Thursday, September 2, 2010

To Noyes... way of Hawley, Ulen, Fertile, Crookston, and Warren. Should be a great railfanning opportunity, given the cooperation of the National Weather Service, the BNSF, MNN, and NPR.

None of them were very cooperative. Still, it wasn't a total washout.

My periodic trip to extreme NW Minnesota took a bit of a different turn on Tuesday, in that I had to stop in Hawley on the way up. This eliminated fanning that part of CP's DL sub between Detroit Lakes and Erskine, but to make up for it I got to parallel BNSF's branch that runs from Manitoba Junction up to Ulen. Trains are not very frequent, as the only customer I am aware of is the elevator in Ulen where they load shuttle trains.

But today was a lucky day, as a train was in town. Just like the last time I caught a train in Ulen, the power was parked just north of the derail on the south side of town. And just like the last time, there's not a whole lot to work with from the photography side of things, but here's an effort:

I can say that, even though the lead unit is in the shade, at least the sun was out. That's a distinct advantage over much of the time I spent on this trip, whether working or chasing a train after work.

For example, the sound of a train blowing for a crossing had me leaving my motel room at the fabulous Caribou Inn in Hallock like a fireman leaving the station at the report of a 3 alarm blaze. I figured there was a need for speed. In reality, I had no problem beating this train to the Two Rivers bridge just north of Hawley as he must have been running the jointed rail at restricted speed. An example of the kind of lighting I was enjoying.

It was tempting to throw in the towel due to the cloud cover, but a sliver of blue to the northwest was enough to keep me chasing this train. I decided to cut west on a gravel road in the hopes of getting a panoramic image of the train on the flatlands, but the road condition scared me enough that I gave up in the first location. What passes for gravel in Kittson County is not fit to build an all weather road. Instead, I found a paved county road and shot the train again as he passed.

Smoke from the GE said the slow order might have ended, and sure enough the train sped up. I chased with all my might and managed to get on the sunny side with a minute to spare. Too bad that minute only contained 55 seconds of sunlight. With a heavy heart I watched the approaching train run into the shadow of a huge cloud bank that had moved in. I managed one shot just before he reached that shadow.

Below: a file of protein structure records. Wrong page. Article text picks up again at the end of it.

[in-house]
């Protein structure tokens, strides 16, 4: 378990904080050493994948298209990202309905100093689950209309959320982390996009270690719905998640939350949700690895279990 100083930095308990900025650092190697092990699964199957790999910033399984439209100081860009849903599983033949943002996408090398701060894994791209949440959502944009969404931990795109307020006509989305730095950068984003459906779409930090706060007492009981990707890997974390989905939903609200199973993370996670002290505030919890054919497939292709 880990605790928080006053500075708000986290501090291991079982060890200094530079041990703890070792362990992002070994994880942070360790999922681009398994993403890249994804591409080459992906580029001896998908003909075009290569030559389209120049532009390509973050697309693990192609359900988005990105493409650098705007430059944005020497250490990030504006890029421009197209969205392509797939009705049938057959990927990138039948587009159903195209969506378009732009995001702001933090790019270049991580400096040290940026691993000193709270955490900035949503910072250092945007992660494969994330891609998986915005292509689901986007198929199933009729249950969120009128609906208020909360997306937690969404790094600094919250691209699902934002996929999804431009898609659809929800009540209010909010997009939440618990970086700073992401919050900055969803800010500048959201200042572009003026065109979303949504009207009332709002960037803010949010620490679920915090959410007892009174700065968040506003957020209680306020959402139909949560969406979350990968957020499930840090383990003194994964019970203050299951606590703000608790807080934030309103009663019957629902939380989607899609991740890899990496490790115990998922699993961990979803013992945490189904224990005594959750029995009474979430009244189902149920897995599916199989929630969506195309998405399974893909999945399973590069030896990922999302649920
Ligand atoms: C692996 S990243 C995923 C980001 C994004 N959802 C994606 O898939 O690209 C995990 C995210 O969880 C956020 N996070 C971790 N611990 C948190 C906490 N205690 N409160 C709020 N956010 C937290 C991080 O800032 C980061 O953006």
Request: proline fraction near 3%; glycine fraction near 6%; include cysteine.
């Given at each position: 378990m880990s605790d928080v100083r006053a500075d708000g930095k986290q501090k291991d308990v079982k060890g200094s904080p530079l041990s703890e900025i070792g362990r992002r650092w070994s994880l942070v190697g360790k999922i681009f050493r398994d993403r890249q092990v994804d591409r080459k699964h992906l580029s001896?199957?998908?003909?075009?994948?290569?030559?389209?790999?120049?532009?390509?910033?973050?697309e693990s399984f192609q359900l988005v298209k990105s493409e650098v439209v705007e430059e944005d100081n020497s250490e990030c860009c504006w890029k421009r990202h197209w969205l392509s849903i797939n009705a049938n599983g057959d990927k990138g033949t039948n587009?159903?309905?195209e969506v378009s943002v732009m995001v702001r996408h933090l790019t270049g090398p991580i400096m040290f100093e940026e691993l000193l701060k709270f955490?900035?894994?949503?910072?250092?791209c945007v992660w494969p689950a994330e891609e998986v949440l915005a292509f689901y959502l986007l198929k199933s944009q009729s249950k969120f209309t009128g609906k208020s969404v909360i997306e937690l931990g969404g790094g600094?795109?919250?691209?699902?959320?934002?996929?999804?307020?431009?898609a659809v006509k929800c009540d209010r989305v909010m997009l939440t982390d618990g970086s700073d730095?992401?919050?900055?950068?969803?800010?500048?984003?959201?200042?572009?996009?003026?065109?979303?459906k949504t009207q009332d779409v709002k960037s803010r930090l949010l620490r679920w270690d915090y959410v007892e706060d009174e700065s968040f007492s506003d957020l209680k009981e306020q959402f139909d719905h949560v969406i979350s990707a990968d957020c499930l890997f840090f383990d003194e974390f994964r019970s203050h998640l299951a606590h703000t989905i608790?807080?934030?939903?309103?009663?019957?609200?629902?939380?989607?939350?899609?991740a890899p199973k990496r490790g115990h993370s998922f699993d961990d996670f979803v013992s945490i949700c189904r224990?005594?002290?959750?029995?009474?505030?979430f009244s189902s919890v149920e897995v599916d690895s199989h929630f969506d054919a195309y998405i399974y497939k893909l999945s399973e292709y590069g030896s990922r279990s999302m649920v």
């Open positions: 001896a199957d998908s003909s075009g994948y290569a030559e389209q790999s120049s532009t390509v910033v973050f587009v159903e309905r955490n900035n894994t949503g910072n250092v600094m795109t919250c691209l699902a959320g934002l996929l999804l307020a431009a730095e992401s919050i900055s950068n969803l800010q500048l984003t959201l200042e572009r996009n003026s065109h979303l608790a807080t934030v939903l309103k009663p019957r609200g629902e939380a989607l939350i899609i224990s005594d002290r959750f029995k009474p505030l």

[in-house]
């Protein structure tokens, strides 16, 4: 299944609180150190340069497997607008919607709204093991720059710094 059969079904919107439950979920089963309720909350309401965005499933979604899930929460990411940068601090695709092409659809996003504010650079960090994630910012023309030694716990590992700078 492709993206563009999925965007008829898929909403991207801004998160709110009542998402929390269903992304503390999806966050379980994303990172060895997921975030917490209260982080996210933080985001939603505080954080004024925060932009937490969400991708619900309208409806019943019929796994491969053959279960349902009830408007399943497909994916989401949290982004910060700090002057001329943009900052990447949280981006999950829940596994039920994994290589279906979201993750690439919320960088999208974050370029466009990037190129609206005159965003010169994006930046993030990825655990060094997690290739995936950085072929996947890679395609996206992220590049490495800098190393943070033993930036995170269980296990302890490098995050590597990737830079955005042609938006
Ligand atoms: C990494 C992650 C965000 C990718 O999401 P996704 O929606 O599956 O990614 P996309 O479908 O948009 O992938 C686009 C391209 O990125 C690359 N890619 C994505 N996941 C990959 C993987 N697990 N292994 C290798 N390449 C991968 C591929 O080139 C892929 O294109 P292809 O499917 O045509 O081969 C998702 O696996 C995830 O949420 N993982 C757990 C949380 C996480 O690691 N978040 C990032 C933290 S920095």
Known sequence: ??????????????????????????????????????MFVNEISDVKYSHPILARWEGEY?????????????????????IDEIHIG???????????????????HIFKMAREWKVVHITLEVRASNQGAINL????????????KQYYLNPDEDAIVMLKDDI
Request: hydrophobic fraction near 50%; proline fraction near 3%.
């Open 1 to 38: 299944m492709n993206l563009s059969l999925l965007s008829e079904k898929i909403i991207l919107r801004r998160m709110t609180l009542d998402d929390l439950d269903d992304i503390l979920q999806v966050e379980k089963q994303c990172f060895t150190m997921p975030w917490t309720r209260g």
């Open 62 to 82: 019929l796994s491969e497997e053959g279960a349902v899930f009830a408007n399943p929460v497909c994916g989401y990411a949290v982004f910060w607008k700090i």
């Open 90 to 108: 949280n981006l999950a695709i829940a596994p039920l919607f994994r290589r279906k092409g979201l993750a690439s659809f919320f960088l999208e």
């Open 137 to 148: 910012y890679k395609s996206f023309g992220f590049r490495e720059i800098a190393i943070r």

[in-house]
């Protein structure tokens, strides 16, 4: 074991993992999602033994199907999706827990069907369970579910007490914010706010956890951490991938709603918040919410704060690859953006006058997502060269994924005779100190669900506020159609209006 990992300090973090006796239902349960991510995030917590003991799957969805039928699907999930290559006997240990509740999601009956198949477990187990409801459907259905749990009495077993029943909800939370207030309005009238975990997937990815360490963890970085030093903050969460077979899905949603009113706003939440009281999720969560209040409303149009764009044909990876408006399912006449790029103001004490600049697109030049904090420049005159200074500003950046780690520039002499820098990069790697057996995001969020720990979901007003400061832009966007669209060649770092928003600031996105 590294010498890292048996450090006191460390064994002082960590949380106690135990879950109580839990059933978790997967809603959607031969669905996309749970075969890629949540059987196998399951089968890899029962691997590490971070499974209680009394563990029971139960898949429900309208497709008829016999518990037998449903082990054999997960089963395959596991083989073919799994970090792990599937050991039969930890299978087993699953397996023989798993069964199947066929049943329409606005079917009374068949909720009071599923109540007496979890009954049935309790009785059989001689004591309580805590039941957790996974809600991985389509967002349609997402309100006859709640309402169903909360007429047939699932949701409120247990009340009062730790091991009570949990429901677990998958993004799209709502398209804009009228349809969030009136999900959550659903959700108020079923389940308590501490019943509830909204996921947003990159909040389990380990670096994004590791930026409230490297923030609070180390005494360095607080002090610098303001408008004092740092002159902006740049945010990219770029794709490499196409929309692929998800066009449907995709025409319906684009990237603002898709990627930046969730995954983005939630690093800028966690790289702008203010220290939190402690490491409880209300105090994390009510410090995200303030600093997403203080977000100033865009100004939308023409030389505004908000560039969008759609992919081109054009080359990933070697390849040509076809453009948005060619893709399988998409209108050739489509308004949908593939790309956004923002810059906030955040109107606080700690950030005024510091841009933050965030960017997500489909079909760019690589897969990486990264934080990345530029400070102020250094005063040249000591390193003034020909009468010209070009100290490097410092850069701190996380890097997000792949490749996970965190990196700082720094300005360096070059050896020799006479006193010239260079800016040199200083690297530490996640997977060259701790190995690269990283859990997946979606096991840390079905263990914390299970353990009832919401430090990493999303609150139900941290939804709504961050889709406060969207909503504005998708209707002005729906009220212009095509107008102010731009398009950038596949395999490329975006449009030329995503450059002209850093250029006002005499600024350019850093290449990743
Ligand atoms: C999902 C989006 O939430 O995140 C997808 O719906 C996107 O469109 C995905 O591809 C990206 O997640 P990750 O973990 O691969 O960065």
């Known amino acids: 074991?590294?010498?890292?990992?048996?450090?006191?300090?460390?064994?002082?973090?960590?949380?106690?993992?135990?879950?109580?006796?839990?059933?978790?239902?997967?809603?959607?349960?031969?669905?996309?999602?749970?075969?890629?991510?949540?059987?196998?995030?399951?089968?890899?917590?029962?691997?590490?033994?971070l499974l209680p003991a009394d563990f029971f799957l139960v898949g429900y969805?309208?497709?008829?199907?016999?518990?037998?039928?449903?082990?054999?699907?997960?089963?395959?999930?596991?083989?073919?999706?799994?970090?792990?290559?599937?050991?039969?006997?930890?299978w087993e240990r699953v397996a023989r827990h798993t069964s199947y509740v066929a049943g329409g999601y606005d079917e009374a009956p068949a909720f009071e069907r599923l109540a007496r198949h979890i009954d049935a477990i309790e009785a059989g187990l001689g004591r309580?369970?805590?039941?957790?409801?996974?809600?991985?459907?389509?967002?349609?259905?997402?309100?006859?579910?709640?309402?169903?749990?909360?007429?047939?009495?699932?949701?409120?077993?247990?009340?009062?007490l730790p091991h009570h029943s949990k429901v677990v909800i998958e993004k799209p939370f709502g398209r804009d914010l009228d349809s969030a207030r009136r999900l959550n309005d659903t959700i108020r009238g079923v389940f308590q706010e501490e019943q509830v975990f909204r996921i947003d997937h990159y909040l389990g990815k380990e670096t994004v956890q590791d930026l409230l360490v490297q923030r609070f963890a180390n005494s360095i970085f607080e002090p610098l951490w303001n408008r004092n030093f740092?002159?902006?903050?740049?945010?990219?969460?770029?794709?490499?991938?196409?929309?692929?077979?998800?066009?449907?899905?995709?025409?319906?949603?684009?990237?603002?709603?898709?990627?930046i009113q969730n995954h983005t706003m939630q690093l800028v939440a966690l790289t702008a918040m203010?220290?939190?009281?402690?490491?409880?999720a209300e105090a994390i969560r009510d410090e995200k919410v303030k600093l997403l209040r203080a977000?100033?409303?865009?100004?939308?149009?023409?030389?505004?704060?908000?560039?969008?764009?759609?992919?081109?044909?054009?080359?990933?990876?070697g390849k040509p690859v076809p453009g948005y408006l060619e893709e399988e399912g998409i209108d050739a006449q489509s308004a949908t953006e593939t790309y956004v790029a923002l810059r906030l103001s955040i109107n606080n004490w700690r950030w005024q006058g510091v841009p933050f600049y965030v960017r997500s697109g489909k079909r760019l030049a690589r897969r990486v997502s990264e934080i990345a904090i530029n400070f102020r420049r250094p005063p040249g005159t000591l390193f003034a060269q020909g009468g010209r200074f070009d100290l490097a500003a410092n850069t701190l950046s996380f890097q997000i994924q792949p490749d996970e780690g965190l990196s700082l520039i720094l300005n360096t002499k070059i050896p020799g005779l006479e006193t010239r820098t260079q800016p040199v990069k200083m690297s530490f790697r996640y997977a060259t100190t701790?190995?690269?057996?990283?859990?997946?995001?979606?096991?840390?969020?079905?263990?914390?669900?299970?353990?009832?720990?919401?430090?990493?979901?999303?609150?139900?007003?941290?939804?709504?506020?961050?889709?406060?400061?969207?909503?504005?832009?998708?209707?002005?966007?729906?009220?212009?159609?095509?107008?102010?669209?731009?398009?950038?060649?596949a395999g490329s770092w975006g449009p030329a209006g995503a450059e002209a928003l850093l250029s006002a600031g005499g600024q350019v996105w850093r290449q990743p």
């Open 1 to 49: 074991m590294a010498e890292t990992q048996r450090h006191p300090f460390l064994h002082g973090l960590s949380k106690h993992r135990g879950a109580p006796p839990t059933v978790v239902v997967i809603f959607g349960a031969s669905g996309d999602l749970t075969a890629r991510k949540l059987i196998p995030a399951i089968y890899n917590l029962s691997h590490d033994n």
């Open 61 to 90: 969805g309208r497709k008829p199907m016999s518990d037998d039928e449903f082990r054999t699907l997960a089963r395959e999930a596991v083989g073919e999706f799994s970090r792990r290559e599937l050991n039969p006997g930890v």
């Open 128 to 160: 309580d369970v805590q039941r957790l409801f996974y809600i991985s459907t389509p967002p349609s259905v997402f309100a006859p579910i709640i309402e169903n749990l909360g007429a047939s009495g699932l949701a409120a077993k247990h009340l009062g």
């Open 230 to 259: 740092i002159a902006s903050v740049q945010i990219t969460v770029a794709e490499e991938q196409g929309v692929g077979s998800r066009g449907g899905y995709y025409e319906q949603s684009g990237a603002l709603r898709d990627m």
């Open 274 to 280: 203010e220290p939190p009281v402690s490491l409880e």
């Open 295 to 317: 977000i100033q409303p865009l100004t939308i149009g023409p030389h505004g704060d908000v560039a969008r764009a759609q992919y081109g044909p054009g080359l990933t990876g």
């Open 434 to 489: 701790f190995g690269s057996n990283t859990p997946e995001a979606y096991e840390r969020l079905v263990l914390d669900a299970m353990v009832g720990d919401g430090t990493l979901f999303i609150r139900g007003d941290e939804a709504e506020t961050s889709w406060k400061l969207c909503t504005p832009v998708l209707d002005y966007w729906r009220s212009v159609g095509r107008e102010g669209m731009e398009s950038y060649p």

I figured we had to be getting close to the border, and the train began slowing. I pressed ahead with the mission of seeing what a "Noyes" looks like. A right turn at the border and a short upgrade offered a view of-not much. For some reason, a lonely CN EMD was resting at some kind of a structure that does things I have no concept of.

And then, just as evidence that I have, in fact, been to Noyes, a tele shot of the depot that should have been wide angle shot.

And so, my bucket list is one item shorter, now that I've seen Noyes. I've spent the majority of my adult life living within blocks of the Canadian border, and enjoyed those places greatly, but I can safely say that while Noyes is a nice place to visit, based on my first impression I wouldn't want to live there.


1 comment:

Trish said...

Jim, a fellow railroad enthusiast from up in Kittson County (where I grew up) told me about your post, and of course, I HAVE to I was born in Emerson right across the border from Noyes. I grew up in St. Vincent just a few miles away. My father worked for years at the Noyes depot for GN then BN(SF). Noyes used to be a much different little town as you might imagine. Check out my posts about the town, and about the depot in particular at Also, take a look at my posts on railroading in general up my way, including about how much my family has been involved in it - you might get a kick out of it...